They perform to the beat of a different drum. They are stationed between two pillars as solitary sentries who guard a net. In a book, they are a chapter of their own.
They are the goalies. They are the quirky kids. They are for the most part and thereabouts among the smartest kids on the team. The good ones are wired to channel and put into perspective the risks and rewards that come with the position. Because, unlike any other position, they can win or lose a hockey game on their own.
More so than size and skill and technique, the mental mindset of the goalie — regardless of age — is what can separate average from good, good from exceptional, status quo from advancement. As an example, Shannon Vit who owns Unified Wellness in Sault Ste. Marie and works as a professional mindset coach, is of the notion that being a hockey goalie is 90 per cent mental. To be sure, there is learned merit to what she says.
By and large, and in the general run of things, I love goalies. I have watched and met and interacted with — and written about — more than a few over the years as both a street lad and a hockey scribe. They are the earth, wind and fire of the game.
I had two separate childhoods. One was in Sault Ste. Marie, first on Maple St. in the downtown area, then in the east end of town on Retta St. The other was in Windsor, Ont. between the gritty, old neighbourhood streets of Howard and Lillian — and the alley way that separated them — less than a block from Erie St. E. In those formative years of elementary youth, I played hundreds of games of street hockey with kids younger and older and meaner and stronger. When it was my turn to be the goalie, stopping rubber balls and tennis balls made a smaller kid like me feel like a road warrior. I didn’t have a mask — but I didn’t need one when I was game on and in my own little world.
I loved hockey from the time I can remember. I had favourite players who were forwards and defensemen. But there was something about the goalies. Maybe because, even though I was always surrounded by so many people, I was a loner at heart. You want to hear about wanting to go off on your own for a while? When my family was in Windsor, we stayed with my aunt and uncle and their four kids in an upstairs apartment of the family-owned Grand Tavern on the corner of Howard and Erie streets. That meant, in total, eight kids and two sets of parents. But to me anyway, 12 people around the dinner table was like two hockey teams on the ice.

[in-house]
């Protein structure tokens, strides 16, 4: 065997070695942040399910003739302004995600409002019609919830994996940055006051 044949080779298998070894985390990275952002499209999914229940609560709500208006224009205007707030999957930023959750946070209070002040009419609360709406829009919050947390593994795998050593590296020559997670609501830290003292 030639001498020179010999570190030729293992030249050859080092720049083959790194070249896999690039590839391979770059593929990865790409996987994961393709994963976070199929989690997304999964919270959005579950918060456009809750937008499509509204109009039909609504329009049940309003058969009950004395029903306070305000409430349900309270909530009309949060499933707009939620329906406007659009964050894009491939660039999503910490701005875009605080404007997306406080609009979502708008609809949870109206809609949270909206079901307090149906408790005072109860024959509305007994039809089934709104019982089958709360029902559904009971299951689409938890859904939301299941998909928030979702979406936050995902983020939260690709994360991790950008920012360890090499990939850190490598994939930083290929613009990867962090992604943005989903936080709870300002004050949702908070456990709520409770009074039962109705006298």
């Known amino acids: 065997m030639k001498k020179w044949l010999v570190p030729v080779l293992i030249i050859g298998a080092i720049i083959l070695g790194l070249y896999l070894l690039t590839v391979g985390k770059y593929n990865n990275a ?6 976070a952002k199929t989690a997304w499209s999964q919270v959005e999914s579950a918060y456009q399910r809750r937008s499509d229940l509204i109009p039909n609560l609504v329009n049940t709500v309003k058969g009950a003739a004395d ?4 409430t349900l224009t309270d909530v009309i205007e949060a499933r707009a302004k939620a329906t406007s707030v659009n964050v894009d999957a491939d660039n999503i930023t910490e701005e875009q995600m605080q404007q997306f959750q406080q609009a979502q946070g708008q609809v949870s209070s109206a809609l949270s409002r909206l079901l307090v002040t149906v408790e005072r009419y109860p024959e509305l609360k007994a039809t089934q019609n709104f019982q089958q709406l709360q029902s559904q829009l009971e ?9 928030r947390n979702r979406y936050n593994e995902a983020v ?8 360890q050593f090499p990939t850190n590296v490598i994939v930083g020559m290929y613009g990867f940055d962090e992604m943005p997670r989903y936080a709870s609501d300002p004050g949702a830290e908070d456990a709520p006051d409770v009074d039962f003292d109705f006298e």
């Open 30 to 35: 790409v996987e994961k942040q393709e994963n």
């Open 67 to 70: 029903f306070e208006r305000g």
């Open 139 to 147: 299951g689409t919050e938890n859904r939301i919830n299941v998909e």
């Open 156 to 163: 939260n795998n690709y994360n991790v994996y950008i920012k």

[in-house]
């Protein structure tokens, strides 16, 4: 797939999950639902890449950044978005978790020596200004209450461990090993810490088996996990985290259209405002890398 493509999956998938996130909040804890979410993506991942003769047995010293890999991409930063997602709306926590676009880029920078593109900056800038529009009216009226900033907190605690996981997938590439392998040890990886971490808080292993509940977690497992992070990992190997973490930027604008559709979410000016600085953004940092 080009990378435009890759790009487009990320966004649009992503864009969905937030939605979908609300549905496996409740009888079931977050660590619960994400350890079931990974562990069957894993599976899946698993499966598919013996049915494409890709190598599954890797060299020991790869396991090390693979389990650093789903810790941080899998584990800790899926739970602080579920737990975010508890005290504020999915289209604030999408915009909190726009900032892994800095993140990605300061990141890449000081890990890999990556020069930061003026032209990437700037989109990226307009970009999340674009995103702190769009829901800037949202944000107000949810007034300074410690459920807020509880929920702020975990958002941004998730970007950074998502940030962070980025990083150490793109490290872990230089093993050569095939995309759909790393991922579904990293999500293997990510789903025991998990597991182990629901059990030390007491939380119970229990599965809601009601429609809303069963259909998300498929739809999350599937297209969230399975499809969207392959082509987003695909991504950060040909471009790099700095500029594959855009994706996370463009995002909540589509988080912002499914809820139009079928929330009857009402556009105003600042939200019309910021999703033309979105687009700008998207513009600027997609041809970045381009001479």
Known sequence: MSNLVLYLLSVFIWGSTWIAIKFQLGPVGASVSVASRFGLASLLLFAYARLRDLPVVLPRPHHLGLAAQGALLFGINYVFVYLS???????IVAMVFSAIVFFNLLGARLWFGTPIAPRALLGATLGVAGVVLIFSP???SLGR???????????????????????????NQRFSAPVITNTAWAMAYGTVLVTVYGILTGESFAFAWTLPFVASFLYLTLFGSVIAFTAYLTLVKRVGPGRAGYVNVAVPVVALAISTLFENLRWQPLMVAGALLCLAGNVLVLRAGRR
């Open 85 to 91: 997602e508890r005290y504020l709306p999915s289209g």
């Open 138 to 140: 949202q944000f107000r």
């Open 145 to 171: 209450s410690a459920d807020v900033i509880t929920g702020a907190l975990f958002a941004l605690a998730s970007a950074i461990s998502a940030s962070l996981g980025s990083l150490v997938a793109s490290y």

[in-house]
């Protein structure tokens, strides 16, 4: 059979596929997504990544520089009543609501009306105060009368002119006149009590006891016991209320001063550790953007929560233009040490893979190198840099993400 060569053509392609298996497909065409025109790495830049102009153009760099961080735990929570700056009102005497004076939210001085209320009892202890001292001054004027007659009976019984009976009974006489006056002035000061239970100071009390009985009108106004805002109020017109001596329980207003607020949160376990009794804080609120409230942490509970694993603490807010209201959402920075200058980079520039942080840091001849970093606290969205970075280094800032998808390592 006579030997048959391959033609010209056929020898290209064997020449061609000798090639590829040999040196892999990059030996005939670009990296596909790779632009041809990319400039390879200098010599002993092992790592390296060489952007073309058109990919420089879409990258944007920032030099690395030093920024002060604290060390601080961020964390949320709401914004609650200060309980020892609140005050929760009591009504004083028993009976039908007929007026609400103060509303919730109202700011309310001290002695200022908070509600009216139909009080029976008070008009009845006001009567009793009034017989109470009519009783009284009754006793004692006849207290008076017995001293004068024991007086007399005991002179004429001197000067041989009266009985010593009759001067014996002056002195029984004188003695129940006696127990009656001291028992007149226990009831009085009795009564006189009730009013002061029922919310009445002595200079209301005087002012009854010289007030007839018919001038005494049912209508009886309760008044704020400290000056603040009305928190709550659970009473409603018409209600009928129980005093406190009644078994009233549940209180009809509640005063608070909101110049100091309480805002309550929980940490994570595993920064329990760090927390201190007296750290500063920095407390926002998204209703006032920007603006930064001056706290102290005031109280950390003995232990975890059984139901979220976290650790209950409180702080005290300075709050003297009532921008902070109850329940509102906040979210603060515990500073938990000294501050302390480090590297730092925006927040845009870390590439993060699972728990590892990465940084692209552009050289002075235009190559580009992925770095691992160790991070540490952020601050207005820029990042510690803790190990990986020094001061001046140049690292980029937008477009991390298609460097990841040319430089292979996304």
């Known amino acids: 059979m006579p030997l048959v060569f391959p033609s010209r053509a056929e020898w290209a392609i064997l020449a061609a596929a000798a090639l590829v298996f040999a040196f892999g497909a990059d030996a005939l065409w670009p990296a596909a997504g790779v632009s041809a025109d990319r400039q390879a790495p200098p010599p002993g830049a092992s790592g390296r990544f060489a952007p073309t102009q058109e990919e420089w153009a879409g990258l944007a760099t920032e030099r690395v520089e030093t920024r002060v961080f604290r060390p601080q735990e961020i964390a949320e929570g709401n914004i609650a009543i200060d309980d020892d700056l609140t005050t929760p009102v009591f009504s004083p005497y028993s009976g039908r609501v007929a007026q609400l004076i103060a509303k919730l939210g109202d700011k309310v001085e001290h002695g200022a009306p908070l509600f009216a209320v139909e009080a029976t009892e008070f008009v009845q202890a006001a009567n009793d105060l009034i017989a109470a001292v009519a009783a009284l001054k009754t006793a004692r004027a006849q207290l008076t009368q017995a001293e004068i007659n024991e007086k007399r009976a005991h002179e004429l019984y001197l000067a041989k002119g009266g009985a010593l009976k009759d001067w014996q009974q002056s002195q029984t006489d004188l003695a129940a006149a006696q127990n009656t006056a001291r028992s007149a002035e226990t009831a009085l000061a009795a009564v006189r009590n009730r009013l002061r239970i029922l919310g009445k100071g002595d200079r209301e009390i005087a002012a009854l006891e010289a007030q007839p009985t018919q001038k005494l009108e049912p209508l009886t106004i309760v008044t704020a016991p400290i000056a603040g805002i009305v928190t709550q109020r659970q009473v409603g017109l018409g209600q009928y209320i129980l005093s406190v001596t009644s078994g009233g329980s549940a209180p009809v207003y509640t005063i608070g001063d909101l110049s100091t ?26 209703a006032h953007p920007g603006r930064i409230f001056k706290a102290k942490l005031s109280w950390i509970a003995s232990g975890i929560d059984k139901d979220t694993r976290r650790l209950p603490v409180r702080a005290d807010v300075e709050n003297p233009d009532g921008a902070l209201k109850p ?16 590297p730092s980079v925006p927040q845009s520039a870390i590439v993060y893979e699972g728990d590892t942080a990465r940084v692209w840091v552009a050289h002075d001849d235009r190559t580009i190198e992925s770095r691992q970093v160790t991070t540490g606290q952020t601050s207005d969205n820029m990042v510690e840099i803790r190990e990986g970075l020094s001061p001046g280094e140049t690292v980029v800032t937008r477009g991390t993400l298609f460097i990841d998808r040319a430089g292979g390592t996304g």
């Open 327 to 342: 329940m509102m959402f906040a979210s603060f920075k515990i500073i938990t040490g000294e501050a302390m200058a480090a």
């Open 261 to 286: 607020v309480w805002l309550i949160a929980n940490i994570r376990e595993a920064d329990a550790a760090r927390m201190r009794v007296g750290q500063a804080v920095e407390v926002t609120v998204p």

Back to the goalie position.
As a kid, I played road hockey in Windsor against a blond haired Italian lad by name of Eddie Mio. He lived on Lillian St. and he was about a year younger than me. He took his turn as a goalie just like me and my cousins Steven and Jeff Ilijanich and the other street urchins who joined us did. So, when I scored a goal on Eddie from time to time, it did not register as anything special. That is, until Eddie went on to be a junior hockey goalie with the Windsor Spitfires. And then got a scholarship to play hockey at Colorado College. And then the ultimate — Eddie became a National Hockey League goalie of many years with the Edmonton Oilers, New York Rangers and Detroit Red Wings.
To the point. I remember, even back then, asking a psychologist friend of mine how Eddie ever rose from street hockey in Windsor to becoming a legendary NHL goalie. And the reply was simple and to the point: “Because Eddie Mio had the mindset.”
By and large and en masse, goalies are the smartest of the swarm of hockey players who I have come across in any way, shape or form over the years. To be sure, as a writer, I have encountered a few morons who play the position. But primarily and principally, the goalies are at the top of the intelligence quotient ladder. Which is somewhat paradoxical, given that one might not conclude that someone who signs up to get pucks shot at their head is of overly sound mind. My guess is that most goalies are dare devils of the utmost savvy and sense that a puck is but a mere challenge to their aptitude and brainpower.
Some of the smarter goalies who I have encountered at higher levels of play include Mark Locken, formerly of the Hamilton Fincups and Soo Greyhounds of the Ontario Hockey League, Gene Chiarello who tended twine in the OHL for the London Knights, and Kevin Hodson who won a Memorial Cup with the Greyhounds and a Stanley Cup with the Detroit Red Wings.
Hodson, who now runs a highly successful wealth management firm in association with RBC, borders on genius. Yet he is a down to earth dude who one can sit and sip wine or drink beer with and feel totally at home and comfortable with even if he is a tad on the jittery side. My wife and I have our funds invested with Kevin and have done well by the old puck stopper.
Being a goalie is not for the faint of heart, that is for sure. But being the parent or a relative of a goalie is not easy on the nerves either. The ones who seem most affected are the hockey moms. Next time you are at a local minor hockey game, look for the hockey mom. She is likely to be the least relaxed and most tense of any of the average parents. She may also be the one ordering the extra glass of vino.
Meanwhile, even if I wanted to, I can’t distance my self from goalies. My niece’s son is one. I love the lad and I love watching him play. Does he dance to his own music? Absolutely.